Members of the ShannonWatch group have exchanged visits with like-minded activists based in Leipzig since 2006, when World Airways transferred its transits of US troops from Shannon to Leipzig-Halle Airport. Another German group, based near Frankfurt-Hahn, publishes data from a consortium of 24 German commercial airports. (See "Ziviler" Militrflugverkehr auf dem Flugplatz Hahn at http://www.fluglaerm.de/hahn/index.html )

The advantage of the ShannonWatch groups independent, hi-tech surveillance system is that it can count transits of specific types of military aircraft and identify individual CIA aircraft. For example, 8 Hercules C-130 aircraft registered to the US Air Force or Navy transited at Shannon between 20 and 26 March, part of a marked overall increase in US military traffic for the month.

Another example: Learjet N54PA landed at Shannon on 3 March. N54PA has a permit to land at US military bases, and flight logs show that it has in fact landed at Guantnamo Bay, Cuba.

ShannonWatch also reports that a plane registered to Kalitta Air landed in Shannon on 20 and 22 December 2008. Kalitta is known to carry munitions around the world for the US Air Force. Given that this same airline transported laser-guided bombs to Israel for the war in Lebanon in 2006, and that it transited them through Prestwick Airport in Scotland without clearance, there are good grounds to suspect that Kalitta's recent transits at Shannon have been involved in the IDFs offensive in Gaza.

Revelations like these cast an ominous new light on the slogan on the doors at Shannon Airport: "Open For Business".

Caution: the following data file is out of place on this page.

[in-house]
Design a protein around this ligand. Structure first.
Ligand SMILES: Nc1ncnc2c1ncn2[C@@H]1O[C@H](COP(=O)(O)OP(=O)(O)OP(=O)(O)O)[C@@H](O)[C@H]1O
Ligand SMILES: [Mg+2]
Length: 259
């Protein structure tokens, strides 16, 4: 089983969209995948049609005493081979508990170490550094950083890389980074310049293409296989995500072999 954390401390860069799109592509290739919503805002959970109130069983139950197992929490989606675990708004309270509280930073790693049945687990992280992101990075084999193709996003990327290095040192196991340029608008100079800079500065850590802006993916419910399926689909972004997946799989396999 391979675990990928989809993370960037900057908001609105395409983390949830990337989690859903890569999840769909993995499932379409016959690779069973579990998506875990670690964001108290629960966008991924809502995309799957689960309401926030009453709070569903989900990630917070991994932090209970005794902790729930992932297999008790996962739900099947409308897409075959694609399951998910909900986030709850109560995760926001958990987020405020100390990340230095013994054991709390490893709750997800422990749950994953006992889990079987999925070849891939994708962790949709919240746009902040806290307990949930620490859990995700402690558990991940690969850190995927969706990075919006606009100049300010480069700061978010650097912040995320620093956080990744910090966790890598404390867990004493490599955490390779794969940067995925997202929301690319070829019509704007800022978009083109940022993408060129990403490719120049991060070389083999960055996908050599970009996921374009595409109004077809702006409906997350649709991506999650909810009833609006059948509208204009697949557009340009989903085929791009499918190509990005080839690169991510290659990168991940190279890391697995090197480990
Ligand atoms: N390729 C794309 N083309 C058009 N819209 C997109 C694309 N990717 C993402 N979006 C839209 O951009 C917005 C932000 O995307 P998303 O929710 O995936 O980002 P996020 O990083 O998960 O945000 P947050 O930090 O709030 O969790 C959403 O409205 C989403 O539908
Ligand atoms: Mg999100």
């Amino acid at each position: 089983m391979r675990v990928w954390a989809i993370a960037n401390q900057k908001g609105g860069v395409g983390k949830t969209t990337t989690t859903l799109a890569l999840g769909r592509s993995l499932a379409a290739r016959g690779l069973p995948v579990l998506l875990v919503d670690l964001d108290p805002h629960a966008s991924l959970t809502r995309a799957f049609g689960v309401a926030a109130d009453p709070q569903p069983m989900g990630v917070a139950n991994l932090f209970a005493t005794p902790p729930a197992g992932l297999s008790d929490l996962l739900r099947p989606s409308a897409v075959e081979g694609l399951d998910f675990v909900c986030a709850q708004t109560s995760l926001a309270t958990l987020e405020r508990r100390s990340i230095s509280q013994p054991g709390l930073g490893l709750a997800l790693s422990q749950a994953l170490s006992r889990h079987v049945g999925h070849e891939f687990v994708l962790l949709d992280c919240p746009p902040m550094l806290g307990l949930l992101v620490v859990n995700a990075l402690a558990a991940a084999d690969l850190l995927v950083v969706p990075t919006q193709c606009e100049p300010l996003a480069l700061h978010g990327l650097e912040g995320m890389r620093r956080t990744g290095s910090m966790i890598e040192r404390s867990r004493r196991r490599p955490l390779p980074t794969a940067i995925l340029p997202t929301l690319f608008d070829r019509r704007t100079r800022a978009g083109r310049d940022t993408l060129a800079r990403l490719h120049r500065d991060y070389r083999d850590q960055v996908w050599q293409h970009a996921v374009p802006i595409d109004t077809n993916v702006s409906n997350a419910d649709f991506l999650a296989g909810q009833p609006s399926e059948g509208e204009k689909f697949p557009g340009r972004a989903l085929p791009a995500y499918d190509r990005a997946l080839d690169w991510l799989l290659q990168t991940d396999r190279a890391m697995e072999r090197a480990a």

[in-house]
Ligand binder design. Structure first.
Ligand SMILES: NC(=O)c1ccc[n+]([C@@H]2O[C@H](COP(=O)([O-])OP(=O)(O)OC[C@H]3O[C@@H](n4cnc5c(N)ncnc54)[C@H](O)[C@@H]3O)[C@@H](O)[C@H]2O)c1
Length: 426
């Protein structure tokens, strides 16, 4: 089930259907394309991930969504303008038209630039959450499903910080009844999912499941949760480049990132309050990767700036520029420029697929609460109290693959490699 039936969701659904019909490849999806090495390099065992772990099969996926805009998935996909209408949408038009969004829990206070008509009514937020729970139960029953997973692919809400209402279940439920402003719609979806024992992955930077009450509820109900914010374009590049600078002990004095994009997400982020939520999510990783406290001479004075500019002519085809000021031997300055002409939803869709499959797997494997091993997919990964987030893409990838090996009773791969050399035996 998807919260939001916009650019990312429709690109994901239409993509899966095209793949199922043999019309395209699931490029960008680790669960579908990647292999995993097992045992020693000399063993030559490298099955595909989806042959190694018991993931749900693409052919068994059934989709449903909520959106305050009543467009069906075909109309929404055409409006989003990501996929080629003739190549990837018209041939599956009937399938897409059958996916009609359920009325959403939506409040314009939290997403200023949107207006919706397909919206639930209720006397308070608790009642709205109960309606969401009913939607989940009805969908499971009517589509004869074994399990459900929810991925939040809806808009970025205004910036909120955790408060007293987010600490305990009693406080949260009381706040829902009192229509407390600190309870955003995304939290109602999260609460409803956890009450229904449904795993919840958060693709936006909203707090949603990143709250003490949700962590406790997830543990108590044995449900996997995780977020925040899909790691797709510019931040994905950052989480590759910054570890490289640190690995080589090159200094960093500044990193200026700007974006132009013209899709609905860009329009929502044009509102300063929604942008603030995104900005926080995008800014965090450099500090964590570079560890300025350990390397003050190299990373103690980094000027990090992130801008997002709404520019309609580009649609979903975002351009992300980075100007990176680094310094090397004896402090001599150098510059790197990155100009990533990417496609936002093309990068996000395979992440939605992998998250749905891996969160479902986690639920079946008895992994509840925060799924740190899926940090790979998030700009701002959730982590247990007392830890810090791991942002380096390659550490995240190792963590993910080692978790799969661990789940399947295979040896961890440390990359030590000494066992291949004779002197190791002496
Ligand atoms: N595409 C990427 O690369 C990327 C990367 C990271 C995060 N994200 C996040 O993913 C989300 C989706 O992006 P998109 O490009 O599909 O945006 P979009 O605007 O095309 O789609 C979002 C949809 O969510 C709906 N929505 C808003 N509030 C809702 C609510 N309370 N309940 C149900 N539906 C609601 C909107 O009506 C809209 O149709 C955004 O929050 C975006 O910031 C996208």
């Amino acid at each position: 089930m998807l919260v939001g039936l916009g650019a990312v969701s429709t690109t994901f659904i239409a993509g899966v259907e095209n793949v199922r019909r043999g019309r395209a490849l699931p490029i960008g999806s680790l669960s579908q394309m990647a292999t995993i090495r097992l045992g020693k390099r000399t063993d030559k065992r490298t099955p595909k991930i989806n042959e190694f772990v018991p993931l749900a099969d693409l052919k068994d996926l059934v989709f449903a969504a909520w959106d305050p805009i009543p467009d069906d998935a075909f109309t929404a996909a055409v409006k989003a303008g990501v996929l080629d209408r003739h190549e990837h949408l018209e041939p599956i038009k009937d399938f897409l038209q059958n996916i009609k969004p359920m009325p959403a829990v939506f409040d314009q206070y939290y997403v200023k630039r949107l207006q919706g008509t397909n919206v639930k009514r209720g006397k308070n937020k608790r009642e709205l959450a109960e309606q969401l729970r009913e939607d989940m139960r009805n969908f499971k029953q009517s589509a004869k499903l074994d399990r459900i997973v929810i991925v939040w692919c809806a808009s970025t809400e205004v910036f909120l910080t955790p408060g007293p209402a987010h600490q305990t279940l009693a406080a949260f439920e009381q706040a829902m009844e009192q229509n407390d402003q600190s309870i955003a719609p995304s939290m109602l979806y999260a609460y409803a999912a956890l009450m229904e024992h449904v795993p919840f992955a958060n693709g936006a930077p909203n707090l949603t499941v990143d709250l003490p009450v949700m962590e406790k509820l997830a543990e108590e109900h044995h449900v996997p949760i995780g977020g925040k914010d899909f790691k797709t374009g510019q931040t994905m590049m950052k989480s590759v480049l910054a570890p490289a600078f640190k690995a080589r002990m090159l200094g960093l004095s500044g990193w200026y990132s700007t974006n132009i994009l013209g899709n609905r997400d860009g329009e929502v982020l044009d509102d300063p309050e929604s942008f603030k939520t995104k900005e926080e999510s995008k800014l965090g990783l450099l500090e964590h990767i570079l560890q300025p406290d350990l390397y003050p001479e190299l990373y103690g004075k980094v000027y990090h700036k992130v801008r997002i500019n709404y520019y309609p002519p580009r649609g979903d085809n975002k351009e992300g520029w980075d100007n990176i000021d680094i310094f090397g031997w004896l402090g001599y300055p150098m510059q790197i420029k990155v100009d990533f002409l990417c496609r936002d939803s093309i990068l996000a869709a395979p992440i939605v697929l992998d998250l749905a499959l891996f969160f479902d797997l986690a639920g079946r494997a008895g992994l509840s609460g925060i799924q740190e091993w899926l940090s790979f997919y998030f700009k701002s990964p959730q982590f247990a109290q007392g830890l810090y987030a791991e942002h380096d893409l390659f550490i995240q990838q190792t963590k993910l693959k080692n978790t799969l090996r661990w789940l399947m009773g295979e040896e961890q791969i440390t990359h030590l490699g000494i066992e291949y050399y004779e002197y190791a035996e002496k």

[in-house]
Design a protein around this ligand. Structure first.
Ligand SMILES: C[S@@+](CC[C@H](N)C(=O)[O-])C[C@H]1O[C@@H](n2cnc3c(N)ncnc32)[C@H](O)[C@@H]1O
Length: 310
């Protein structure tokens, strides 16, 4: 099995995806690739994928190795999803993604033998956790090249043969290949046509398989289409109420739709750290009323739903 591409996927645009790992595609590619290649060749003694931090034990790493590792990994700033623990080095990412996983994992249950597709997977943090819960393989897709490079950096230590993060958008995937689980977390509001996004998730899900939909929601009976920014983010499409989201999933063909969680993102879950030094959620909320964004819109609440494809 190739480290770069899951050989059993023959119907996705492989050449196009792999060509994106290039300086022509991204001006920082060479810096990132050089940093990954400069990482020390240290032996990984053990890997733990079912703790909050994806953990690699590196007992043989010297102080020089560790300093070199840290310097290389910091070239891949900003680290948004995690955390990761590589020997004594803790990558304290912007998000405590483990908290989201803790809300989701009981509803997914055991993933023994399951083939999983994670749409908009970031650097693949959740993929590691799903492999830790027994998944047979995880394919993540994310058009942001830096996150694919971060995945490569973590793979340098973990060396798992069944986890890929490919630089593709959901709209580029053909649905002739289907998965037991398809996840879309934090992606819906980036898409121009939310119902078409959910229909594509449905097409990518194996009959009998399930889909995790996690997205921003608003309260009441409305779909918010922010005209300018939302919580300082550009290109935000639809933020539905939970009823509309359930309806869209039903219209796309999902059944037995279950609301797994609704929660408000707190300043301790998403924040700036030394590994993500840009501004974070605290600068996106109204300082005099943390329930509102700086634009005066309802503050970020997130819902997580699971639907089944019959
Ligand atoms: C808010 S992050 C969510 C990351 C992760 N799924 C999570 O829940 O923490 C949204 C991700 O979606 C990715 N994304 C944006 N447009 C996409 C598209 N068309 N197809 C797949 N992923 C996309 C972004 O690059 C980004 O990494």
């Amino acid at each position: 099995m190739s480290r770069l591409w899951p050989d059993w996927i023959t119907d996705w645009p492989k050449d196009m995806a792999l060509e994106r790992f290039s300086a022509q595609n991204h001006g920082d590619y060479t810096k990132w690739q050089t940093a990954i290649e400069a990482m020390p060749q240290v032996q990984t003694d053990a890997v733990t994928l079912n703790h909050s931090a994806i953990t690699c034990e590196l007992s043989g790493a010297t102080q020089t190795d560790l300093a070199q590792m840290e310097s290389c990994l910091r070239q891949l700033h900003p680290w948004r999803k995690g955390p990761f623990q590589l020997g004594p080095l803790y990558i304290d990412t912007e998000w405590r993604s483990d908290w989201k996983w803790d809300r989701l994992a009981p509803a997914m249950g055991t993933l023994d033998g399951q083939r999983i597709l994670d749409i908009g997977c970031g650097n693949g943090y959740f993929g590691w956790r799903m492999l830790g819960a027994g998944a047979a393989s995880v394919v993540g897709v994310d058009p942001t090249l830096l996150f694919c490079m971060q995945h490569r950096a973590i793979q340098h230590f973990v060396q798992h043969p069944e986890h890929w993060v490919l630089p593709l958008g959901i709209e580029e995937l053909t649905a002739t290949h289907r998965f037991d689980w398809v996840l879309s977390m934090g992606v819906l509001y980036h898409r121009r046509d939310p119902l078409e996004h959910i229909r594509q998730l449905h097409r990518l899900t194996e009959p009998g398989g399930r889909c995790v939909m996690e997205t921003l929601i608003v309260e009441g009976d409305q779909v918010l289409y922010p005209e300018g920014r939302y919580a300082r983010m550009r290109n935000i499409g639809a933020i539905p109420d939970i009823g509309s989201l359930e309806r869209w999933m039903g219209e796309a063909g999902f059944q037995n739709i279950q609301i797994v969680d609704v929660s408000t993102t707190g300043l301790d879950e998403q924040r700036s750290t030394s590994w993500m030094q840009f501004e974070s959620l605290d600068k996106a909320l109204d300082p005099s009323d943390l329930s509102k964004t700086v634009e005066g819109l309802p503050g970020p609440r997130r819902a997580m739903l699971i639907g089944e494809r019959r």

A US Department of Defense news release documents further nefarious business that may be on its way. The Defense Security Cooperation Agencys Transmittal no. 08-82 reports a "possible Foreign Military Sale to Israel of GBU-39 Small Diameter Bombs as well as associated equipment and services" and states: "Implementation of this proposed sale will involve multiple trips to Israel by U.S. Government and contractor representatives for one-week intervals, for approximately three years".

Although US President Obama has now instructed his administration to stop using terminology such as "Global War on Terror" or "Long War", the Irish activists are under no illusion that they can soon retire. For while the United States has begun to speak more softly, and even seductively, the increase in traffic in March shows that it is still aggressively pursuing military dominance in the Middle East and Central Asia.

The ShannonWatch group invites other peace groups to share technologies, skills and information to ever more effectively monitor unwelcome traffic at airports in the Middle East, Central Asia, North Africa, the Caribbean, or anywhere else in the world where flights may be involved in crimes of war and crimes of torture.

If monitors at a network of sites can alert each other to suspicious flights through their airports, then they may be able to track the routes of aircraft used to abduct torture victims or to transport specific items of military equipment to the battlefield.

The Irish activists will go on using the information gathered to spur the media and politicians to intervene to prevent crimes of torture and to promote peace.

Coilin O'hAiseadha

April 9th, 2009

This article is copyright-free on condition that the author is advised of intent to publish: doctorashey(at)gmail(dot)com.